Localized or local-regional colon cancer is potentially curable by surgery alone. If all gross disease is resected, then the success or failure of the operation, and hence the ultimate cure and survival of the patient, will depend upon whether or not micrometastases were already present at the time of surgery, thereby rendering the procedure more palliative than curative. If it could be determined that no micrometastases were present after all gross disease is removed, then the patient could be considered cured and no further therapy of an adjuvant nature would be necessary.
Given the current limitations of technology for detecting micrometastases, treatment decisions are currently based on the probability of microscopic cancer being present, and on the relative effectiveness of available cytotoxic chemotherapy. Stage I and II colon cancer patients have a relatively low probability of harboring micrometastases, and thus have a relatively high probability of being cured by surgery alone. Adjuvant chemotherapy has not consistently been shown to improve survival in these patients, and is not, at this time, routinely recommended. However, lymph node-positive, or stage III, patients have a substantial risk of having microscopic metastatic disease at the time of resection. Looking back at historical controls from the era prior to chemotherapy, a roughly 40% to 50% cure rate for stage III colon cancer patients was seen with surgery alone, indicating that slightly more than half of patients did in fact have microscopic metastatic disease at the time of resection.
Initial attempts at adjuvant therapies following stage III colon cancer surgery were not successful,[2-4] and until the late 1980s expectant observation was the standard of care following resection for these patients. Studies carried out by the North Central Cancer Treatment Group (NCCTG), later confirmed by larger studies conducted by the National Cancer Institute (NCI) Intergroup, established a 12-month regimen of fluorouracil(Drug information on fluorouracil) (5-FU) plus levamisole(Drug information on levamisole) as the first effective adjuvant treatment of colorectal cancer.
A subsequent Intergroup study was done comparing this 52-week regimen of 5-FU plus levamisole to 5-FU plus leucovorin, either on a weekly schedule for 32 weeks, a daily x 5 schedule for 28 weeks, or a daily x 5 schedule for 28 weeks with concurrent levamisole. Results of this trial are summarized in Table 1. The 5-FU/leucovorin regimens were found to be at least as good as the longer 5-FU/levamisole treatment. The 5-FU/leucovorin/levamisole combination was found to be more toxic without increasing efficacy relative to the 5-FU/leucovorin regimens. These 5-FU/leucovorin regimens can therefore be regarded as the current standard of care. They represent a substantial improvement over surgery alone, with approximately two-thirds of stage III patients now being cured. One-third of stage III patients, however, can be expected to have recurrence of disease and ultimately die of their disease. The need for improved adjuvant therapies for these patients is clear.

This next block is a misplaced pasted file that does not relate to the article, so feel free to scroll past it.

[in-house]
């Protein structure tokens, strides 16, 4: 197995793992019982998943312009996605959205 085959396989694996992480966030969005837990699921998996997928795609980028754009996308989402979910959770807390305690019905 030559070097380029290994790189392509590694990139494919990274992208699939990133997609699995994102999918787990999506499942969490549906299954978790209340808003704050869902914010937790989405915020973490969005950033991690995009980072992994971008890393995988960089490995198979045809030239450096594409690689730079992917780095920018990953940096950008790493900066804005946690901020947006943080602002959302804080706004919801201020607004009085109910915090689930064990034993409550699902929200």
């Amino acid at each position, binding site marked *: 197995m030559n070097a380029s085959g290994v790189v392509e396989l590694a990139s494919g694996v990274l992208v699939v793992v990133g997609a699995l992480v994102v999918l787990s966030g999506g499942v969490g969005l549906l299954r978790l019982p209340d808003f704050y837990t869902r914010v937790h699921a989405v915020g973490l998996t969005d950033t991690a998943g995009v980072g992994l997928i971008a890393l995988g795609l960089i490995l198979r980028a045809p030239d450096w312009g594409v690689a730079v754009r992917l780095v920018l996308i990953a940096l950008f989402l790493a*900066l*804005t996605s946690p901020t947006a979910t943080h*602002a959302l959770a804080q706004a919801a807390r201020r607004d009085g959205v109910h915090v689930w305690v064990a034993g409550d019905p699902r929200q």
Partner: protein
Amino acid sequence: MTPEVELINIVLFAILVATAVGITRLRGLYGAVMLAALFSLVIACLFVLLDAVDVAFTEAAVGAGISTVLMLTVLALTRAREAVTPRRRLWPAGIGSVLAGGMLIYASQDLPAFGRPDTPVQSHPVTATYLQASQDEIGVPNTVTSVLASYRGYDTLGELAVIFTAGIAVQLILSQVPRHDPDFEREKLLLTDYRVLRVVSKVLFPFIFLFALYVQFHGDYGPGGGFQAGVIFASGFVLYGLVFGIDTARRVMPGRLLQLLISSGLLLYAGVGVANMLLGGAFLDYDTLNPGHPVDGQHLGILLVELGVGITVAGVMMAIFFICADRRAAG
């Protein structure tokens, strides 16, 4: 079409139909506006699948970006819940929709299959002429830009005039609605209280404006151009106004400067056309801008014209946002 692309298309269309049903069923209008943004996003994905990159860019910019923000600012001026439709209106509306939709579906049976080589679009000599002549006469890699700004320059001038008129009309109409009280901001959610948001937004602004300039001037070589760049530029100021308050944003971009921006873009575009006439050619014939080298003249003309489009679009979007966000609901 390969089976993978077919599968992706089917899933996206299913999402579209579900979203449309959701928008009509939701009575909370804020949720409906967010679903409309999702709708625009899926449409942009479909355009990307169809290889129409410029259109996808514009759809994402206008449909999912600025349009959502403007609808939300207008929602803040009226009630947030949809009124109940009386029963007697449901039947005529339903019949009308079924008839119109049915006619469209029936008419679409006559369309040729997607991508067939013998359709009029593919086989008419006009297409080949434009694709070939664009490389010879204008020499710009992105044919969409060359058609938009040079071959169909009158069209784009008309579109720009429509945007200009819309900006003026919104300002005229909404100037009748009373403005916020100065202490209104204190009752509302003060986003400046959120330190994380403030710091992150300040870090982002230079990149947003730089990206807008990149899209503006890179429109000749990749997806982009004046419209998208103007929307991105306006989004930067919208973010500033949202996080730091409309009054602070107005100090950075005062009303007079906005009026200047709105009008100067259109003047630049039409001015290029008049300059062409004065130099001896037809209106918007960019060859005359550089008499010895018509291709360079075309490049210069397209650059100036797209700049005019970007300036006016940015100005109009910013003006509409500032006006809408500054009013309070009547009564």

Irinotecan (CPT-11, Camptosar) is a topoisomerase I inhibitor that has demonstrated substantial antitumor activity in both chemotherapy-naive and 5-FU-refractory colorectal cancer. In a phase II trial involving 41 colorectal cancer patients with no prior chemotherapy, Conti et al demonstrated a 32% major objective response rate, with an additional 44% of patients achieving stable disease. The median duration of response in this study was 8 months, and median survival was 12 months. Very similar results were obtained in a parallel study performed at the Mayo Clinic. These results suggested that while irinotecan(Drug information on irinotecan) had substantial antitumor activity, the overall response rates, durations of response, and survivals were similar to those seen with currently available 5-FU-based regimens. Another phase II trial, reported by Rothenberg et al, indicated that irinotecan also had substantial antitumor activity in patients with 5-FU-refractory colorectal cancer. These activity rates were subsequently confirmed in a series of multicenter trials.
The demonstration of activity of irinotecan in cancers that were refractory to 5-FU, along with the radically different mechanism of actions between irinotecan and 5-FU, suggested that a combination regimen permitting concurrent administration of these agents might have superior antitumor activity to either agent alone. Two concerns at the time when these combinations were first being developed were whether there would be negative pharmacokinetic interactions between these two agents and whether overlapping toxicities would make concurrent administration intolerable.
To address these issues, a phase I study was undertaken at Memorial Sloan-Kettering Cancer Center in which escalating doses of 5-FU were added to fixed weekly doses of irinotecan and leucovorin. The result of this phase I study is a regimen in which full-dose irinotecan at 125 mg/m2 by 90-minute infusion is followed by leucovorin at 20 mg/m2 by IV bolus and then by 5-FU at 500 mg/m2 by IV bolus. All drugs are given weekly for 4 consecutive weeks followed by a 2-week rest. Pharmacokinetic studies performed during this phase I study indicated that there was no substantial pharmacokinetic interaction between 5-FU and irinotecan. The dose-limiting toxicities were neutropenia and diarrhea, both of which appeared to be manageable.